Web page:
Outrageous bullying for the good of the family in G B Stern’s The Matriarch

Detailed discussion of The Matriarch by G. B.Stern

Kate Macdonald

the edition I have, with the rich and passionate painting by Mark Gertler the edition I have, the cover using this rich and passionate painting by Mark Gertler

There is something particularly enjoyable about a female villain in fiction, written for readers who expect women to be pure, perfect, and positive. I did a podcast miniseries in 2012 on jaw-droppingly awful, truly appalling female characters, all behaving badly. It was immense fun to research and write, because these characters are so vile that when I’m reading them, they make me (metaphorically) rise up and shout in outrage. In G B Stern’s The Matriarch (1924) we are cowering before the most unstoppably interfering Jewish mother I’ve ever read.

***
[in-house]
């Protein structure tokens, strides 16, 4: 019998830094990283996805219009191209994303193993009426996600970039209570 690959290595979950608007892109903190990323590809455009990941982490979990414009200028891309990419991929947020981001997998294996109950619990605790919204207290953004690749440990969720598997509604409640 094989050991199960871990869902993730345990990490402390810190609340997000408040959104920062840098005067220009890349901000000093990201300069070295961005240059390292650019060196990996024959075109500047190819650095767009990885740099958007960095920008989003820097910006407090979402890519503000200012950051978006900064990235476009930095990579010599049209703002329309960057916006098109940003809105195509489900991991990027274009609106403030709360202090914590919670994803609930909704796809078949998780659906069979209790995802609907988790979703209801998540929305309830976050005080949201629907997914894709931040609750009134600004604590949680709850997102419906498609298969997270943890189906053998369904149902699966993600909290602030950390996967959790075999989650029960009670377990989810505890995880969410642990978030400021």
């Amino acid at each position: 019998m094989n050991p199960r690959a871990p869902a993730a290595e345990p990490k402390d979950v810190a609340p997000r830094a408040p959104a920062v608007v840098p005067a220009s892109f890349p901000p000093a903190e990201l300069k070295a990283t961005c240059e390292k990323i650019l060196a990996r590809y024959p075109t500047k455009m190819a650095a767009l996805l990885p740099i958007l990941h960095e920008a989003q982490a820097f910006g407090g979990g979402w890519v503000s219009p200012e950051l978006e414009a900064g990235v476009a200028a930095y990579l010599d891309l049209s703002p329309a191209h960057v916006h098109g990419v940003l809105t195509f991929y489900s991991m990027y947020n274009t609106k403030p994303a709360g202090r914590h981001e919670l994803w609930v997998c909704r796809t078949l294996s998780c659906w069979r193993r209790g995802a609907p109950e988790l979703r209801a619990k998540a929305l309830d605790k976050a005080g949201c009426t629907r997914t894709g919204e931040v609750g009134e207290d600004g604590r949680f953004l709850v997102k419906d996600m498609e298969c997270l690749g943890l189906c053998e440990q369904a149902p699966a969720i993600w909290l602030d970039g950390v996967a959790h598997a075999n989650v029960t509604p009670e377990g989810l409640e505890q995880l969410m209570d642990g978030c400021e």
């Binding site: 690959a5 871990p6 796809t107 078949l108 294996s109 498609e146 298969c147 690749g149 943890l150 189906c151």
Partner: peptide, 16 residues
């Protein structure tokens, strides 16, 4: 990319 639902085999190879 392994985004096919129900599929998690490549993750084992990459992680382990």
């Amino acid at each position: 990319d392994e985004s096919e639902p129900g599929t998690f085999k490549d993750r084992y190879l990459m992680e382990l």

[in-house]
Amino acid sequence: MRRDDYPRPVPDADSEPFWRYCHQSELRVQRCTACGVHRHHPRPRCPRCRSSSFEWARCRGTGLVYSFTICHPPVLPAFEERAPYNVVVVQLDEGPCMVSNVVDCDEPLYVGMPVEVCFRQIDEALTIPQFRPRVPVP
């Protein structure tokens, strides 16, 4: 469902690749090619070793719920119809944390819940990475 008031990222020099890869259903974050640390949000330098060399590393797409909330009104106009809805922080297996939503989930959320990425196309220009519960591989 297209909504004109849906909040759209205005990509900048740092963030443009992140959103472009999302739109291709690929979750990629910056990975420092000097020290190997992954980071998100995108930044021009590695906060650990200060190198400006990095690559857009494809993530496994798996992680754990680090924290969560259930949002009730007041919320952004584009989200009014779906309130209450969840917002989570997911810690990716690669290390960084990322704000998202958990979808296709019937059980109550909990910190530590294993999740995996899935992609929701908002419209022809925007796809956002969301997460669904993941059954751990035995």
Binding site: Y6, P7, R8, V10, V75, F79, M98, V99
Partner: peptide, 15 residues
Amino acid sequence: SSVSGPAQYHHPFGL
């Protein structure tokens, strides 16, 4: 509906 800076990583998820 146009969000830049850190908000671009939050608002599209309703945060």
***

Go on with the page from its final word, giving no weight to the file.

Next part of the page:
The Matriarch is the first in a loosely connected series of superb novels about the Rakonitzes’ family life in the nineteenth and twentieth centuries, in London, Paris, and Vienna, and anywhere where there was life and liveliness and the Uncles could do business and their adored elder sister Anastasia could entertain. Anastasia Rakonitz is the Matriarch, the…

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